A guide to fighting, rejecting and enduring Trump by Liv MoeFour ways weed can help you overthrow the orange patriarchyThe president may be a-changin', but this soundtrack borrows from the past to motivate a better future


Liv Moe is an artist and curator in Sacramento.
Ngaio Belaum is the marijuana columnist for Sacramento News & Review.
Raheem F. Hosseini is the Associate Editor of Sacramento News & Review.

Recently my husband and I talked about what the next four years will bring, and the threat of nuclear annihilation—you know, lighthearted stuff. Like everyone else, the crappy place we’ve found ourselves in takes up a lot of my brain space. As Donald Trump’s presidency continues, I have a ways to go to put things in perspective, but I’ve managed to make sense of a few things so far.

While Trump is unprecedented in terms of mental instability and moral bankruptcy, living under a president I find disappointing is nothing new. The problem is that eight years of a rational actor has spoiled me, and going back to the old way feels like being plucked from a healthy, supportive family and placed with a group of serial abusers.

The first presidential election I was old enough to understand involved the re-election of Ronald Reagan, who, at that point, had early-onset Alzheimer’s disease. After that was a series of Bush administrations, with the exception of a decent Clinton interlude marred by Bill’s bad behavior.

These past eight years under President Barack Obama made us complacent, which can’t happen again.

Surviving this means being kind to one another and supporting groups and institutions that will make a difference.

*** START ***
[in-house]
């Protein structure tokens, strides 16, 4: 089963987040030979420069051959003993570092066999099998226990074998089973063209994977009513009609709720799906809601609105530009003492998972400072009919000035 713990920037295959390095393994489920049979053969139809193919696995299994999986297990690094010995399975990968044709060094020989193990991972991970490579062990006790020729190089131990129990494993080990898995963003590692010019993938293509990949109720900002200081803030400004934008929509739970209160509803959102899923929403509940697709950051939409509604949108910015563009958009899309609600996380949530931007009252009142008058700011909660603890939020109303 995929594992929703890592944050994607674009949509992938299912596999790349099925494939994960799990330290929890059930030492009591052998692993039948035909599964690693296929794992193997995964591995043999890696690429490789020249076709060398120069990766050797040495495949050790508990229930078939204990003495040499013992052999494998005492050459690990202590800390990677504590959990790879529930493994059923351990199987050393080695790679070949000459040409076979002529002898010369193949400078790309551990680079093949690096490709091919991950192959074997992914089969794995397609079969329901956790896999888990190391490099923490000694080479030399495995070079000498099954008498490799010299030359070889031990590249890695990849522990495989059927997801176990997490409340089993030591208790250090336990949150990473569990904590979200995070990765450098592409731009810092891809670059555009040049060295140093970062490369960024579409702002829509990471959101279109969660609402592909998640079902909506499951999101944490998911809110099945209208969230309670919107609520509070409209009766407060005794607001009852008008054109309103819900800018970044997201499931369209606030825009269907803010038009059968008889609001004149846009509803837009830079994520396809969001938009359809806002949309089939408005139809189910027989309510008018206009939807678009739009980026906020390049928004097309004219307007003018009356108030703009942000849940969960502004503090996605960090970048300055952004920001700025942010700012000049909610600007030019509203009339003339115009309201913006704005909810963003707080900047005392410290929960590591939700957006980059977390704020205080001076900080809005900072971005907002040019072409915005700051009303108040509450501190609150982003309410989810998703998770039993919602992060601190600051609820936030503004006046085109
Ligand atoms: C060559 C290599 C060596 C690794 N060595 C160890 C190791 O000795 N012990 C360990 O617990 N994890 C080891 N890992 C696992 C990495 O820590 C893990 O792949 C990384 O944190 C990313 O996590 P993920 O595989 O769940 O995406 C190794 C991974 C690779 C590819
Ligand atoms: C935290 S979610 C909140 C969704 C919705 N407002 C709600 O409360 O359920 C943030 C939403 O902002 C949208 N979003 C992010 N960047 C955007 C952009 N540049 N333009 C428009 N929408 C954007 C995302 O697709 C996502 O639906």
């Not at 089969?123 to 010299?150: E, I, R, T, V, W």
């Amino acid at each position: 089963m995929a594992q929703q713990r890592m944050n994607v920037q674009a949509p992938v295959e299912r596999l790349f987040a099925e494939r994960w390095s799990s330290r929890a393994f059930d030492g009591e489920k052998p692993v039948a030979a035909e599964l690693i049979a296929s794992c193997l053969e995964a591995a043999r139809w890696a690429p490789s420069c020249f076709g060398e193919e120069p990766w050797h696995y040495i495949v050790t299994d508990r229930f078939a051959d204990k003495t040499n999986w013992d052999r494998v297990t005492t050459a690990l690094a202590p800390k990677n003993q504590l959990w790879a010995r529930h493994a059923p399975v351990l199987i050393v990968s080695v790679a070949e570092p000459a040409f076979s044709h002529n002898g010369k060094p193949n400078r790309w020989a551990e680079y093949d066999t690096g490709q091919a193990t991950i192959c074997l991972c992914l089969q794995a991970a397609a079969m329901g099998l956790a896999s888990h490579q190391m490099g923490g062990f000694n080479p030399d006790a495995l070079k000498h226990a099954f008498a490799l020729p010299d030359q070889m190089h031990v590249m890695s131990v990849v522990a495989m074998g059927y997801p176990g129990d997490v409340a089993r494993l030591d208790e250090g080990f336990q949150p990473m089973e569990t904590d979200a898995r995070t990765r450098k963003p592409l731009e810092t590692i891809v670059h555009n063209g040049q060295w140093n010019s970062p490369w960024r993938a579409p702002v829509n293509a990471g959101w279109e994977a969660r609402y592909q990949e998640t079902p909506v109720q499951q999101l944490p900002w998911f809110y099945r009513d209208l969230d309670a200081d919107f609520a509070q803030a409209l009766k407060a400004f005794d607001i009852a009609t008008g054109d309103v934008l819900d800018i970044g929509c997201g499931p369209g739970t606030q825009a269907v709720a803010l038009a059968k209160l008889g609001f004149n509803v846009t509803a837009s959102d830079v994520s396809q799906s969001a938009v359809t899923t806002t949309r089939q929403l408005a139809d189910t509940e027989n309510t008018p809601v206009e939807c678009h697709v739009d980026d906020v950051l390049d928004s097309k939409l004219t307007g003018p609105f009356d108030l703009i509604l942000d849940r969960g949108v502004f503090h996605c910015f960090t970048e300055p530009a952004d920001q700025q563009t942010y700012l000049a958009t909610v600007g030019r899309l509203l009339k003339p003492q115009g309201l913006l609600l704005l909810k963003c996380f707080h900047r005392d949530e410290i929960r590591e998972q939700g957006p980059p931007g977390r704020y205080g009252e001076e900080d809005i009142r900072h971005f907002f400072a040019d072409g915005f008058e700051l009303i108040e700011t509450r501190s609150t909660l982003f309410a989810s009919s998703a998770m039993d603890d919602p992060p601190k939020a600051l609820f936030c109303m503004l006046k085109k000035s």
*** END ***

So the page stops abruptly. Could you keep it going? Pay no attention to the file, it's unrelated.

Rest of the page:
With that in mind, subscribe to media sources that fact check their news. Journalism is expensive, and ensuring smart people can focus their time and energy on the truth right now is invaluable.

Or, if you’re looking for other ways to spend your money wisely, donate to the likes of Planned Parenthood, the Southern Poverty Law Center and the American Civil Liberties Union—they all need your help.

Also, be sure to Google things before you share them online, being careful not to reinforce your biases. I’m still seeing so much “news” being shared that is either questionable or just blatantly false. I know it feels good but it’s also dividing us. We have such a beautiful and easy research tool at our disposal. Use it.

If it all feels overwhelming then think about this: On NPR the other day, I heard someone say the Democrats have a head wound while the GOP has a terminal disease. I believe this. Young people are increasingly liberal, and, as this horror show progresses, the GOP is putting itself in a box that they may well not climb out of.